Furthermore, the two most powerful "voices" in this novel never "speak" from a point of view perspective.  Miss Emily we come to know through her curt politeness to the city leaders, but beyond that and the recollections offered by the narrator, tinged with innuendo as those are, we never see her in action, yet by the story's end, when the tragedy of her life is revealed, her life, or rather, her descent into animated decay, has come to dominate the story.  Yet over this looms another, more hidden figure, that of her father.  His control of Miss Emily is only hinted at in a couple of places, yet the insidiousness of it permeates the action of the story.  Faulkner's use of allusion in regard to Miss Emily's father (and apparently, his own role as another symbol of the fading post-war generation) tinges "A Rose for Emily" with an allegorical quality (one that Faulkner once noted was the origin for the "rose" in the story's title; even the most destitute deserve that "rose" of respect).

Each of the elements discussed above combine to create an absorbing read that rewards the reader who pauses and reflects upon each sentence, as there is so much occurring under the surface of the narrative.  Miss Emily is a fascinating character and the background townspeople serve to underscore the divisions and social changes that are taking place around the core tragedy of this story.  "A Rose for Emily" is a rich, poignant tale that perhaps is one of the finest short stories ever written in the English language.  A true masterpiece from one of the South's finest storytellers.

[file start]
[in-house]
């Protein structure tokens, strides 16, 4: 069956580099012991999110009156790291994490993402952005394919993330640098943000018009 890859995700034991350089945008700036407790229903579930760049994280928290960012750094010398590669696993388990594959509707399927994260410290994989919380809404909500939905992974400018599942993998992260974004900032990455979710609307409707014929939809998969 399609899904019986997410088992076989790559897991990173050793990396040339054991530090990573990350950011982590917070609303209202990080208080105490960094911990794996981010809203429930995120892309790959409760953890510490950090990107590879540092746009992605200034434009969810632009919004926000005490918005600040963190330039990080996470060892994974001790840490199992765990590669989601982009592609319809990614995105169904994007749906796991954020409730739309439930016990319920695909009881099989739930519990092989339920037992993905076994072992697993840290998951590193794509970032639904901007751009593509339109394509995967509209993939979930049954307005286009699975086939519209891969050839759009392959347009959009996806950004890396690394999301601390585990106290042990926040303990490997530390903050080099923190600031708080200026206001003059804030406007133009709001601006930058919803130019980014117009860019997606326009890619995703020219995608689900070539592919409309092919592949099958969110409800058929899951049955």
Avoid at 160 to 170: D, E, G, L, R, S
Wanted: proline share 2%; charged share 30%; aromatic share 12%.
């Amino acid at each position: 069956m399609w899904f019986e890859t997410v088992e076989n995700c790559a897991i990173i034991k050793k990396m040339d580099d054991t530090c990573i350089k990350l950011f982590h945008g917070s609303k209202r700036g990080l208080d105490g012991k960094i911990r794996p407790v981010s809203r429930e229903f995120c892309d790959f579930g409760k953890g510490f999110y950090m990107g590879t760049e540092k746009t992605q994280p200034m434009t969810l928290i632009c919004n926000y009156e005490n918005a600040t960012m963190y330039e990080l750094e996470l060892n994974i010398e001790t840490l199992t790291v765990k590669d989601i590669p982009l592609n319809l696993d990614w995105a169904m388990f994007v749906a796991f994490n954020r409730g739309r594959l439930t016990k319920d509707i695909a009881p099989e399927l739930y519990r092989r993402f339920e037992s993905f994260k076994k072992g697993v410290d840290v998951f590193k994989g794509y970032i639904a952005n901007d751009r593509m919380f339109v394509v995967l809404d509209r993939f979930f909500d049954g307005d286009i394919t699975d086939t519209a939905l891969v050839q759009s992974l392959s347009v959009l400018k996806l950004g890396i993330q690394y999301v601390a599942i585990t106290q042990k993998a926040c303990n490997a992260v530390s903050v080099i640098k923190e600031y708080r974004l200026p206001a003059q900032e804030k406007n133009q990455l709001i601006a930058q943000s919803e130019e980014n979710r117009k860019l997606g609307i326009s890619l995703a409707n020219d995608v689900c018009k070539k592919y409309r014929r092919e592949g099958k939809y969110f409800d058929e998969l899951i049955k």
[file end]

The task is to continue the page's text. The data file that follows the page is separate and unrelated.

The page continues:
Tuesday, May 17, 2011

Currently Reading

Although I'll list my April reads later this week (likely the weekend), I thought I'd provide readers a glimpse at what I'm alternating between at this moment:

Cormac McCarthy, Outer Dark (e-book)

José Maria Eça de Queirós, A Cidade e as Serras (e-book; Portuguese)

Félix Palma, El mapa del tiempo (Spanish)

William Faulkner, Requiem for a Nun

William Faulkner, As I Lay Dying 

John Sayles, A Moment in the Sun

Adam Levin, The Instructions

Thomas Wolfe, Look Homeward, Angel (re-read)

And sometime later this week, I'll get around to reading China Miéville's Embassytown.  I've already read 26 books so far this month (but only two in the past week), so I should finish most, if not all, of the ones mentioned above.  Any of these books you've read before or are considering reading?

Cormac McCarthy, Child of God